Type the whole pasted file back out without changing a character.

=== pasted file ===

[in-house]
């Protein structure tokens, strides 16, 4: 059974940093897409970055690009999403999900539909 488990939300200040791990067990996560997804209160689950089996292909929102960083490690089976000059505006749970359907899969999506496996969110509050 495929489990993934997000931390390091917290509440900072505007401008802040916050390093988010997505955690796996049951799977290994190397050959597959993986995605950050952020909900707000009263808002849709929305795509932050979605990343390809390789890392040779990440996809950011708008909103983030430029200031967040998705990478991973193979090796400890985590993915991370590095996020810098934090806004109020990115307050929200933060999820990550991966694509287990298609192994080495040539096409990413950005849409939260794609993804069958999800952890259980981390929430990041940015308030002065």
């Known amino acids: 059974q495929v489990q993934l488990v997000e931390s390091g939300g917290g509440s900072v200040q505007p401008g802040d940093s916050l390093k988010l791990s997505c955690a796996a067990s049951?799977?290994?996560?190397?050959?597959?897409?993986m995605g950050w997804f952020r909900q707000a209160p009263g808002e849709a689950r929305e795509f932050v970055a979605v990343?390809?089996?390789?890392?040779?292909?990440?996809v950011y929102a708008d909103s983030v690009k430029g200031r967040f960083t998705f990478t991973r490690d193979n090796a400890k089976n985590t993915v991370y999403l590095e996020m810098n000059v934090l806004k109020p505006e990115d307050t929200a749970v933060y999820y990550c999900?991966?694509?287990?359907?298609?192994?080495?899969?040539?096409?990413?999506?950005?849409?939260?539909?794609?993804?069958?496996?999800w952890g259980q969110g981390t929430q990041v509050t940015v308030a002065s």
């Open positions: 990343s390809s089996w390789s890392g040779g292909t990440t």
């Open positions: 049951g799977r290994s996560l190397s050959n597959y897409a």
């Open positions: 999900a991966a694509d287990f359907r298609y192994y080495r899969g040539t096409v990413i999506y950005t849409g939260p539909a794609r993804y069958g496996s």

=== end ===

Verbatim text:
[in-house]
């Protein structure tokens, strides 16, 4: 059974940093897409970055690009999403999900539909 488990939300200040791990067990996560997804209160689950089996292909929102960083490690089976000059505006749970359907899969999506496996969110509050 495929489990993934997000931390390091917290509440900072505007401008802040916050390093988010997505955690796996049951799977290994190397050959597959993986995605950050952020909900707000009263808002849709929305795509932050979605990343390809390789890392040779990440996809950011708008909103983030430029200031967040998705990478991973193979090796400890985590993915991370590095996020810098934090806004109020990115307050929200933060999820990550991966694509287990298609192994080495040539096409990413950005849409939260794609993804069958999800952890259980981390929430990041940015308030002065």
């Known amino acids: 059974q495929v489990q993934l488990v997000e931390s390091g939300g917290g509440s900072v200040q505007p401008g802040d940093s916050l390093k988010l791990s997505c955690a796996a067990s049951?799977?290994?996560?190397?050959?597959?897409?993986m995605g950050w997804f952020r909900q707000a209160p009263g808002e849709a689950r929305e795509f932050v970055a979605v990343?390809?089996?390789?890392?040779?292909?990440?996809v950011y929102a708008d909103s983030v690009k430029g200031r967040f960083t998705f990478t991973r490690d193979n090796a400890k089976n985590t993915v991370y999403l590095e996020m810098n000059v934090l806004k109020p505006e990115d307050t929200a749970v933060y999820y990550c999900?991966?694509?287990?359907?298609?192994?080495?899969?040539?096409?990413?999506?950005?849409?939260?539909?794609?993804?069958?496996?999800w952890g259980q969110g981390t929430q990041v509050t940015v308030a002065s």
């Open positions: 990343s390809s089996w390789s890392g040779g292909t990440t």
């Open positions: 049951g799977r290994s996560l190397s050959n597959y897409a």
């Open positions: 999900a991966a694509d287990f359907r298609y192994y080495r899969g040539t096409v990413i999506y950005t849409g939260p539909a794609r993804y069958g496996s």